And what do the weasal words "in its current form" mean?

Ed said...

Why didn't DC whip the MPs to vote against it then?

Bel said...

Iain, you are right that Cameron is not expected to comment on all manner of private members bills. But this was no ordinary bill. It went to the heart of our trust in our elected representatives, an one would expect a party leader to have had an opinion on it. Ming Campbell certainly expressed his, although it seems he couldn't be bothered to turn up to vote. I recognise that David Cameron has acted now, and that is good.

Anonymous said...

"Bel, I don't expect David Cameron had commented on a myriad of other Private Members Bills either. He has acted now and people should recognise that."

Oh COME ON Iain. This is an avoidance tactic. It was obvious that this was more than another PMB. This had backing from members of his Party (Front Bench too) and from the Government.

If he had a principled bone in his body he would have come out before on this. Ming raised this at PMQs a while ago.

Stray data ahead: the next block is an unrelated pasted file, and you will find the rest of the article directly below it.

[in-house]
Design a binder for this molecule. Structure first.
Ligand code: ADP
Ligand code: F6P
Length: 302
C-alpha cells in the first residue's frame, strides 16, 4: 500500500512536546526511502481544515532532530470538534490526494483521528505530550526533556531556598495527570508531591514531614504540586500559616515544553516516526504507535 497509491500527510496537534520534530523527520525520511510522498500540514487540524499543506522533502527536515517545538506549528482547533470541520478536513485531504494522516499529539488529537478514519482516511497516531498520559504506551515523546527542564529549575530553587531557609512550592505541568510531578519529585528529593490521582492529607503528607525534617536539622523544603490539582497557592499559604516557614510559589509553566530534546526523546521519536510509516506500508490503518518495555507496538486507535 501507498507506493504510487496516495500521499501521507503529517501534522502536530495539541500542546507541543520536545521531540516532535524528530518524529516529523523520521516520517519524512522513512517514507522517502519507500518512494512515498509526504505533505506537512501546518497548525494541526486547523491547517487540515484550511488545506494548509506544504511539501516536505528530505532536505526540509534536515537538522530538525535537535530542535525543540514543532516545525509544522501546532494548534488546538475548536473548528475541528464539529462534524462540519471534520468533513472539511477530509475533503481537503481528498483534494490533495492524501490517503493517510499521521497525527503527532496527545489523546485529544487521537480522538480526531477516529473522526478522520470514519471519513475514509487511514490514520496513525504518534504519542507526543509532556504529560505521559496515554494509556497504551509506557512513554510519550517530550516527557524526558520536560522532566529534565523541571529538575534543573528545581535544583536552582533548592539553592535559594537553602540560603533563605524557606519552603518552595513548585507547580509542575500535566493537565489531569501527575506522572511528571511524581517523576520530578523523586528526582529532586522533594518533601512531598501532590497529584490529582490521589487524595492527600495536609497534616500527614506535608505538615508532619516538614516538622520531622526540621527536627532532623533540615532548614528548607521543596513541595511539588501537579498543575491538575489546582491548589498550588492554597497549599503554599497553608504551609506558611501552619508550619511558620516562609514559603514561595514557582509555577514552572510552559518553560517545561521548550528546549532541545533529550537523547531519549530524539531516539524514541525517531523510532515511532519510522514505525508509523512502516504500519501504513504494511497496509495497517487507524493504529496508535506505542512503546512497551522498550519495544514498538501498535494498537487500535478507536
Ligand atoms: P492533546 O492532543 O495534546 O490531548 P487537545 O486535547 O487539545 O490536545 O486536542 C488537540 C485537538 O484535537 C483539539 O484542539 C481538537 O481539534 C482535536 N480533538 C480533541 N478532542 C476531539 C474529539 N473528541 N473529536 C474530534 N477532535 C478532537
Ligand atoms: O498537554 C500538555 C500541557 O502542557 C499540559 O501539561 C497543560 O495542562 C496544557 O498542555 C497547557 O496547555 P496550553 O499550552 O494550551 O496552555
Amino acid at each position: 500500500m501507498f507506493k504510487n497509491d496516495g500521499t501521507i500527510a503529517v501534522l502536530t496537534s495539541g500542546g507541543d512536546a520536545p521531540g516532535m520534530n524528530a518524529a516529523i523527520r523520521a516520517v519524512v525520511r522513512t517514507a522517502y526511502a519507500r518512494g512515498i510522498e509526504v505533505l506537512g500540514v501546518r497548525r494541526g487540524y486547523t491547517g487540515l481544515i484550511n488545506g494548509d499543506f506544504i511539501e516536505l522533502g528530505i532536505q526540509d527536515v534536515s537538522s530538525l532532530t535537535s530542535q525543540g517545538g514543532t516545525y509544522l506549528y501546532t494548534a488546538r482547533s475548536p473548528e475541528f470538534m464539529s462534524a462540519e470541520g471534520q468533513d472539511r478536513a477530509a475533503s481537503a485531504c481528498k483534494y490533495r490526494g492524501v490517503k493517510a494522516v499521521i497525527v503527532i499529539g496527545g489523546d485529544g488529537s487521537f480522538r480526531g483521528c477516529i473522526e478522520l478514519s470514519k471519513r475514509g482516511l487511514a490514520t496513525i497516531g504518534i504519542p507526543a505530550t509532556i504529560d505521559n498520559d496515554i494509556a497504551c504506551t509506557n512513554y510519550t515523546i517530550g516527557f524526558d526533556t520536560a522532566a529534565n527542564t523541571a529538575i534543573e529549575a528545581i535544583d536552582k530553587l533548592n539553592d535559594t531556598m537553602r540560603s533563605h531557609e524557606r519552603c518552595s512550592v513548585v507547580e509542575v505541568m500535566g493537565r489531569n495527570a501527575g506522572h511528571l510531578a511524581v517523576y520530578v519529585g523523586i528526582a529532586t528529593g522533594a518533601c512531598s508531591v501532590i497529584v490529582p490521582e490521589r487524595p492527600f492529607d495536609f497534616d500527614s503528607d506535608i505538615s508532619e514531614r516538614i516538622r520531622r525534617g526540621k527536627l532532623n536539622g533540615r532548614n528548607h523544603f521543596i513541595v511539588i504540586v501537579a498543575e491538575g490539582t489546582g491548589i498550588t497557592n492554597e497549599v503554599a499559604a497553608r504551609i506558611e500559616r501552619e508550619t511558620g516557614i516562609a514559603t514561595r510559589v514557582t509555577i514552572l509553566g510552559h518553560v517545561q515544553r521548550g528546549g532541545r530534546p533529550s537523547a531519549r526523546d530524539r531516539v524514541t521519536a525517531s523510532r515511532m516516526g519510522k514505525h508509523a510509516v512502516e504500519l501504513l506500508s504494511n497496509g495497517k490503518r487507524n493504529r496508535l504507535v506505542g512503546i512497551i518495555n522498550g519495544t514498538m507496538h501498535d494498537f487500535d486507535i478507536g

Anonymous said...

Everyone appears to be assuming the Bill will be debated in the Lords. It is a Private Member's Bill, which means it will need a peer who is willing to sponsor it, and then it will require a slot to be debated. However, most of the remaining time for Private Members' Bills - up to the summer recess - is now allocated. If taken for Second Reading after the recess, there would not be time to get through all its stages and back to the Commons before the end of the session. So it may fall anyway for want of time.

Anonymous said...

Can hear the sound of the barn door slapping Dave's bottom?

Anonymous said...

Come on Iain..

"Bel, I don't expect David Cameron had commented on a myriad of other Private Members Bills either. He has acted now and people should recognise that."

This is more than just another Private Members Bill - It had support from members of his own Front Bench and Labour MPs and was snowballing towards becoming law.

For him to come out only now is ridiculous as he's merely following the news agenda and demonstrating his lack of any sort of principle.

sniper said...

david boothroyd 11:43

“The Speaker has always said that publication of MPs' expenses would be unchanged”.

This information is not a scrap to be thrown to the varlets and scullions by their masters on a whim. It concerns money to be accounted for to me by the people I employ (Honourable and not so Honourable Members as well as some Noble and not so Noble Lords and Ladies). It is that straightforward, it is that simple. As with any employer my right to know how my money is spent is beyond question. It must not be subject to the moods and fancies of those who spend it.

david boothroyd 12:10